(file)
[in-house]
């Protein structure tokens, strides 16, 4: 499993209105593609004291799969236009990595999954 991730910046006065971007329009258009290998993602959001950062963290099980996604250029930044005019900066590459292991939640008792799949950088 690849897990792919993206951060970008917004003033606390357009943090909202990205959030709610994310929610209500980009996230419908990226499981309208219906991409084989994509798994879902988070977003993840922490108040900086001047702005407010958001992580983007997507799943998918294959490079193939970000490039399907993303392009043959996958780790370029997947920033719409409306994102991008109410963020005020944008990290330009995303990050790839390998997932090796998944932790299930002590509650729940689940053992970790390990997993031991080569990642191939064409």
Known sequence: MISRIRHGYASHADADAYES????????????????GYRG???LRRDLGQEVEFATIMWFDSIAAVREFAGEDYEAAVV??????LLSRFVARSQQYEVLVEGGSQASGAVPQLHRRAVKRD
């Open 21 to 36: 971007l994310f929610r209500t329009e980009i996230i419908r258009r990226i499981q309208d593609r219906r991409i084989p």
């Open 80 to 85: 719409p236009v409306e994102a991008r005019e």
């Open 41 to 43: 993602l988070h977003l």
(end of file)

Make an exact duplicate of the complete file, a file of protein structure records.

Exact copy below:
[in-house]
């Protein structure tokens, strides 16, 4: 499993209105593609004291799969236009990595999954 991730910046006065971007329009258009290998993602959001950062963290099980996604250029930044005019900066590459292991939640008792799949950088 690849897990792919993206951060970008917004003033606390357009943090909202990205959030709610994310929610209500980009996230419908990226499981309208219906991409084989994509798994879902988070977003993840922490108040900086001047702005407010958001992580983007997507799943998918294959490079193939970000490039399907993303392009043959996958780790370029997947920033719409409306994102991008109410963020005020944008990290330009995303990050790839390998997932090796998944932790299930002590509650729940689940053992970790390990997993031991080569990642191939064409």
Known sequence: MISRIRHGYASHADADAYES????????????????GYRG???LRRDLGQEVEFATIMWFDSIAAVREFAGEDYEAAVV??????LLSRFVARSQQYEVLVEGGSQASGAVPQLHRRAVKRD
């Open 21 to 36: 971007l994310f929610r209500t329009e980009i996230i419908r258009r990226i499981q309208d593609r219906r991409i084989p």
């Open 80 to 85: 719409p236009v409306e994102a991008r005019e």
């Open 41 to 43: 993602l988070h977003l």